Basic Glossary

The first step in understanding a new way of appreciating story structure is to understand the new language that defines it. We have created this "glossary" of sorts to help you navigate through the many new terms and concepts that do not map to what you may already know about story.

Appreciations: Appreciations are how an Author appreciates the meaning of a story.

Perspectives: Perspectives are a means of defining the inequity of a story. Since an inequity cannot be addressed or defined directly, the storytellers best approach is to speak around the inequity from these four different perspectives.

Dynamics: The Dynamics of a story differ from the Structural aspects in that they describe the relationships between story structural items. They also define the forces applied to the model of the Storymind at the time of Justification.

Justification: a process of thought that hides an inequity away from further consideration.

Problem-solving: a process of thought that seeks to directly resolve an inequity.

Dramatic Argument: the argument, or message, of a narrative.

Motivations: The 64 Elements of Motivation approximate the inequity of a story at its most definite level. They also provide an Author the opportunity to illustrate the relative appropriateness and inappropriateness of different Motivations within the context of resolving a story’s central inequity.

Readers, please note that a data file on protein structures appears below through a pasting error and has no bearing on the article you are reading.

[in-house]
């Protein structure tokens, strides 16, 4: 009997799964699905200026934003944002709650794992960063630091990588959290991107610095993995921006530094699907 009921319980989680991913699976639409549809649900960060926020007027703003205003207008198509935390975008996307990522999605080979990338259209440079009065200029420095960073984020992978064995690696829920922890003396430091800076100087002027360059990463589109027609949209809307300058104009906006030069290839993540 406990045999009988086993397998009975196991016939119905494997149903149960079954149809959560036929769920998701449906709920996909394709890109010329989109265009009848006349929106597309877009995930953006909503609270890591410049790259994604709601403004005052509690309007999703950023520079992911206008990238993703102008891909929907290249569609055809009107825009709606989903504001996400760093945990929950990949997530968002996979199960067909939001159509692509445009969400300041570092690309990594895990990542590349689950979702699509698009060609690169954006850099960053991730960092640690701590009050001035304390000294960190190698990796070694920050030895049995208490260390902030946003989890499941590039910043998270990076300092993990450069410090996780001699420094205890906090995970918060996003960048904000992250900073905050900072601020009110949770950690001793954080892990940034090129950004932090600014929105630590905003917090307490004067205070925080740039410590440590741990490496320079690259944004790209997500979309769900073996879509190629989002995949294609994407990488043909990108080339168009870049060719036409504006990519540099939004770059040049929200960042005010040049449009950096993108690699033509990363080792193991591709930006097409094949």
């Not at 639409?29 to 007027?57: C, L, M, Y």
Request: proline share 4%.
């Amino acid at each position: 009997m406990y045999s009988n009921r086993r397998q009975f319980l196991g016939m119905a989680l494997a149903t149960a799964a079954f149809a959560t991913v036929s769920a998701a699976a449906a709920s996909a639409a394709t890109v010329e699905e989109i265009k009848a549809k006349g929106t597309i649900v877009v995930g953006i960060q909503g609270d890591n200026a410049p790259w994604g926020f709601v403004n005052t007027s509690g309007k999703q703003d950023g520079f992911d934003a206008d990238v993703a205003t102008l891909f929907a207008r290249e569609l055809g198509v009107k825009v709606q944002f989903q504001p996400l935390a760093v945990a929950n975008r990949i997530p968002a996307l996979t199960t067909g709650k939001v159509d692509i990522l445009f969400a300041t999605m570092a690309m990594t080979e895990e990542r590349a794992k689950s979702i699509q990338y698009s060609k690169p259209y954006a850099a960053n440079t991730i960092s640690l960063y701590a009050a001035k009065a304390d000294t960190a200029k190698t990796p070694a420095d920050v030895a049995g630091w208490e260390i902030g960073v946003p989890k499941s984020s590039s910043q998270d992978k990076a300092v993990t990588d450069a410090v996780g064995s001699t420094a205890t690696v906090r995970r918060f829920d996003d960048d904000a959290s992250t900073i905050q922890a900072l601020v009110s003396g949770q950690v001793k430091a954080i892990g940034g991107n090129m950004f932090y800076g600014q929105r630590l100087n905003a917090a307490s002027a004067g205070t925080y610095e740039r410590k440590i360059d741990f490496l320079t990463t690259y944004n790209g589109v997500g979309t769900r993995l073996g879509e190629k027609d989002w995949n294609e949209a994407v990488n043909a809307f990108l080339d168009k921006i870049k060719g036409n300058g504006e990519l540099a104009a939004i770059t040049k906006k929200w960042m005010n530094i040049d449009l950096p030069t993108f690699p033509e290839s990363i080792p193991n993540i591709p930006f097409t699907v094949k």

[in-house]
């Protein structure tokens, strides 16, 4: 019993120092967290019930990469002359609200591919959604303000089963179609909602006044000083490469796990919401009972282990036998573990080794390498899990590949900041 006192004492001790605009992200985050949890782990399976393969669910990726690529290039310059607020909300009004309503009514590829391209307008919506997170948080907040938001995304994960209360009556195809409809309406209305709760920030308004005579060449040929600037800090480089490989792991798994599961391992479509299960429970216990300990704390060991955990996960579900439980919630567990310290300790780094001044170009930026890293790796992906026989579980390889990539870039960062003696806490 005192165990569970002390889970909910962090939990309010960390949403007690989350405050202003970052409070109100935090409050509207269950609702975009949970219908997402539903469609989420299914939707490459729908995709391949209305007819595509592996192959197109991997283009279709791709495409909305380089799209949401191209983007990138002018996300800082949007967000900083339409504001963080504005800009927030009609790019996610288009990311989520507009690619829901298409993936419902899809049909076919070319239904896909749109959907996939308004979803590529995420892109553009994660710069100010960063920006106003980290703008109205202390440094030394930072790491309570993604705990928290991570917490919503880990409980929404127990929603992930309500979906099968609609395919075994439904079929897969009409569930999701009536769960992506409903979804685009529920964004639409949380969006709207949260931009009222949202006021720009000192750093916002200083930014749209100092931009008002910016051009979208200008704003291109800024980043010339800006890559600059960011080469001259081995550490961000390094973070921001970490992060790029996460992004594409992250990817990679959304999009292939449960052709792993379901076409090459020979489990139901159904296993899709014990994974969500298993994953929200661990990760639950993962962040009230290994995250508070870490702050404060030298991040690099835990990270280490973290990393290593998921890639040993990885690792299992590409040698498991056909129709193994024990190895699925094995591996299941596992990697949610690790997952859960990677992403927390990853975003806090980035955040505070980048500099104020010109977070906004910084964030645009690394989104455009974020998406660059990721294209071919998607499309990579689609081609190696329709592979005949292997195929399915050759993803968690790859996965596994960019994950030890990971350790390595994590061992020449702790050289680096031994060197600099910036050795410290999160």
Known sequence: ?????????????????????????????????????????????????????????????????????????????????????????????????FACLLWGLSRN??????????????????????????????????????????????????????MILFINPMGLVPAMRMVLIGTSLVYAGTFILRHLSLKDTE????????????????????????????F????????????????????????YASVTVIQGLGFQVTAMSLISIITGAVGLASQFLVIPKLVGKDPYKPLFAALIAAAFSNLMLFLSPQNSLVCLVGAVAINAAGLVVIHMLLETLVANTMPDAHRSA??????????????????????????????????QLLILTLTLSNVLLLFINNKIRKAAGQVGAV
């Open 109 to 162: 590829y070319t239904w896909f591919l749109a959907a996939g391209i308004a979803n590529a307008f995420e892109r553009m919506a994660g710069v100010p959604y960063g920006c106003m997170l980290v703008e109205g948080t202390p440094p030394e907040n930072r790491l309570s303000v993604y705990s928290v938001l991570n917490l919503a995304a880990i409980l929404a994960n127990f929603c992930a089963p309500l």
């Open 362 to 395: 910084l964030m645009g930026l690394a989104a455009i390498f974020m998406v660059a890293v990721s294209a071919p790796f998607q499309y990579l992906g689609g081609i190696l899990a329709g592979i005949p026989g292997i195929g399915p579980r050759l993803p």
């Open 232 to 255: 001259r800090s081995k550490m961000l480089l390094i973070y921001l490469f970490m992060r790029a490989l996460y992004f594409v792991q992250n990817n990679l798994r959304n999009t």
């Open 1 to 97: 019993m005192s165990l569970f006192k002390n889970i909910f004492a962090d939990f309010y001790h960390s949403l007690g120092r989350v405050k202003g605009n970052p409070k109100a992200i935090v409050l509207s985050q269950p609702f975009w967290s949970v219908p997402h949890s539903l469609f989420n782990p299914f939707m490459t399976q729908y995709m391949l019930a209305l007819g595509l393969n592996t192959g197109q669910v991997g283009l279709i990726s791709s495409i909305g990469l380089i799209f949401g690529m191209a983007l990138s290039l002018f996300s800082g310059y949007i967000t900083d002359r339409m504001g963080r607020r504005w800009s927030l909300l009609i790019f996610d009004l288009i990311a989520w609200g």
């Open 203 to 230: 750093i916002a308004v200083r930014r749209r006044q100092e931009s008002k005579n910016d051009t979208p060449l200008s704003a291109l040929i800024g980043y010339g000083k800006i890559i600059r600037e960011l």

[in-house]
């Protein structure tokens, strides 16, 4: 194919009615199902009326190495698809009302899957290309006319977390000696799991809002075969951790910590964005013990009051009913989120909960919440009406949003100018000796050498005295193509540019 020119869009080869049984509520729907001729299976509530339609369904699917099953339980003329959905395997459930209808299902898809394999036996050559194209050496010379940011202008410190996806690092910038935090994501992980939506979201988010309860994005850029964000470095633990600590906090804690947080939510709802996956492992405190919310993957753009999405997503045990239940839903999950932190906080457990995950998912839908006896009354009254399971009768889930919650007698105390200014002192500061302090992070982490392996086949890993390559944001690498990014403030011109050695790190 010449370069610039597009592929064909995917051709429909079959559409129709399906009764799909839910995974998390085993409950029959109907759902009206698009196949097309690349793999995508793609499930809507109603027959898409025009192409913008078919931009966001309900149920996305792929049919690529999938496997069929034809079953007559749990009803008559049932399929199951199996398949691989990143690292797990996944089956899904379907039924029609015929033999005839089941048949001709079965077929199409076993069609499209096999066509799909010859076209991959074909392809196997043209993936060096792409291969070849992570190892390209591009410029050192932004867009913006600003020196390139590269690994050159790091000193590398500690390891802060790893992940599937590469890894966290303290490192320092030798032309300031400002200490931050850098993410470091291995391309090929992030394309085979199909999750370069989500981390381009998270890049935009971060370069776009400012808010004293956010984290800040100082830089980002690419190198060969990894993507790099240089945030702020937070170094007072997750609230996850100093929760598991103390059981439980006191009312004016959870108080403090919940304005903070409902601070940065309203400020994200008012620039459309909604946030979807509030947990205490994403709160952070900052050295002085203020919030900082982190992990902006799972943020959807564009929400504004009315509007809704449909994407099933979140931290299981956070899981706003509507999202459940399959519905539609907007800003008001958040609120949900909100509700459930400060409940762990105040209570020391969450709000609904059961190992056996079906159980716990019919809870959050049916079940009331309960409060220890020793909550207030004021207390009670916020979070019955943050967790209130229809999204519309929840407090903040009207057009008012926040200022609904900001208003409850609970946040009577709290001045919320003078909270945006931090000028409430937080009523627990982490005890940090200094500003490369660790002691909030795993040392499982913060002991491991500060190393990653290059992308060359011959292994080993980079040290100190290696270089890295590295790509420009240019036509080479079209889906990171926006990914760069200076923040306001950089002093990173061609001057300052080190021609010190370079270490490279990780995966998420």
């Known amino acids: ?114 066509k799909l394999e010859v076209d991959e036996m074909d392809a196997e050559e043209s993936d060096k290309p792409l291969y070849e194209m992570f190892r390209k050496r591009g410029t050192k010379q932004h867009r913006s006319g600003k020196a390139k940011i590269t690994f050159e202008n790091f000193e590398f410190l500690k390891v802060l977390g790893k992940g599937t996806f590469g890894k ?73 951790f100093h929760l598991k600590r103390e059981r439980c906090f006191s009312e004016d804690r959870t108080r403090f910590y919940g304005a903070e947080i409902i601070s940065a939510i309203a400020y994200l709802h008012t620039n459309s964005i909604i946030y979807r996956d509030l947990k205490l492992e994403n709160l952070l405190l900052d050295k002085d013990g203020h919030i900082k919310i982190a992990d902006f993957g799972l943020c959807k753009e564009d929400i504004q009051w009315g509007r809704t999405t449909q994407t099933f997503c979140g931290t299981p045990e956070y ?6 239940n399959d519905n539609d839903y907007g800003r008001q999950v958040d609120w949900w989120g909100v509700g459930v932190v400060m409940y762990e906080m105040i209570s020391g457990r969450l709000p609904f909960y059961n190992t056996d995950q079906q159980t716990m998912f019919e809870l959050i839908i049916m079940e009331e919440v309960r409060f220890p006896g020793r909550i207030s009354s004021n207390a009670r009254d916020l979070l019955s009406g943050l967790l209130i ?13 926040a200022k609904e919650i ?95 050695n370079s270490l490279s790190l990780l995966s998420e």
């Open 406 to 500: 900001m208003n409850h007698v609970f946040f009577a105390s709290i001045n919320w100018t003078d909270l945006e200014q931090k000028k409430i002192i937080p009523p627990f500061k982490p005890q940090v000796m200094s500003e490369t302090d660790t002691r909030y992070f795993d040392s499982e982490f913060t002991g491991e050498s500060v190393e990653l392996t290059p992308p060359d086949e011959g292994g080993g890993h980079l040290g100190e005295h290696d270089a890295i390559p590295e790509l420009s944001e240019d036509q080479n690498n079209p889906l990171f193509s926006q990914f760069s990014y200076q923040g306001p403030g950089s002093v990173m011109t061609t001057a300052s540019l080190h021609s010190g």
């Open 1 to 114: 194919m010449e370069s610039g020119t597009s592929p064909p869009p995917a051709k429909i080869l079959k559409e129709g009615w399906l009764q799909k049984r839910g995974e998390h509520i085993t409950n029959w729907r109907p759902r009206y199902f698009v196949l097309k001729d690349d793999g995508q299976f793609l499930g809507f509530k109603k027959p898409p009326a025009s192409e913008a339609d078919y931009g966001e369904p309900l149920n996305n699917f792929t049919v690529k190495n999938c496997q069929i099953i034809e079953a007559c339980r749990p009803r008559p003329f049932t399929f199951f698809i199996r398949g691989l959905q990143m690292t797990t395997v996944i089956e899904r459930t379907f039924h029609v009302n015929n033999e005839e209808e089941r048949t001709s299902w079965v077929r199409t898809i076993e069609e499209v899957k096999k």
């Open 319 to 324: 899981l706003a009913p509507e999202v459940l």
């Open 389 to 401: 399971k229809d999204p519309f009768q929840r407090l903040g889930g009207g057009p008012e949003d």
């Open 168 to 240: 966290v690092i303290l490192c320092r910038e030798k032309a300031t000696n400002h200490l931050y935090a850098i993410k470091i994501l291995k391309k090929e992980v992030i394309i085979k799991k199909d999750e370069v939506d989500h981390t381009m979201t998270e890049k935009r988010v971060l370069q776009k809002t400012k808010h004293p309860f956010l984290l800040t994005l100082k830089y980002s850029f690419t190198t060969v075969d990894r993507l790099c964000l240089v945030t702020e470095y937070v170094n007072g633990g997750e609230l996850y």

Inequity: a recognition of separateness, or imbalance, within the mind. Once made aware, the mind must address an inequity through either Problem-solving or Justification. An inequity cannot be directly defined.

Pivotal Elements: the two specific Motivations of the mind that sit at the crossroads between Character and Plot. These two key Elements form the basis for a story’s Dramatic Argument.

Method: a Method is defined as a specific approach for addressing a particular area of the Storymind model. Methods describe the ways in which various story elements and throughlines engage with the sources of conflict in a narrative. For example, an Objective Story Throughline can address the source of conflict through different Methods, such as Physics or Psychology (Mind). Methods provide a structural framework for understanding the underlying dynamics of a story and offer guidance on how these dynamics can be explored and developed throughout the narrative.

Illustration: within the context of Subtxt, Illustrations refer to the specific storytelling or creative expressions used by a writer to convey the Storyforming Methods in their narrative. Illustrations bring the story's conflict, themes, and dynamics to life by showcasing the author's unique voice and creativity. They provide a more visual and emotional representation of the story, which can lead to richer and more immersive storytelling experiences for the audience.

To access the all the terminology used in the platform, you can navigate to the "Storypoints" section in the left sidebar of the Dashboard ( If you need to search for a specific term, you can also use the search bar at the top of the page.

© 2023 Narrative First, Inc.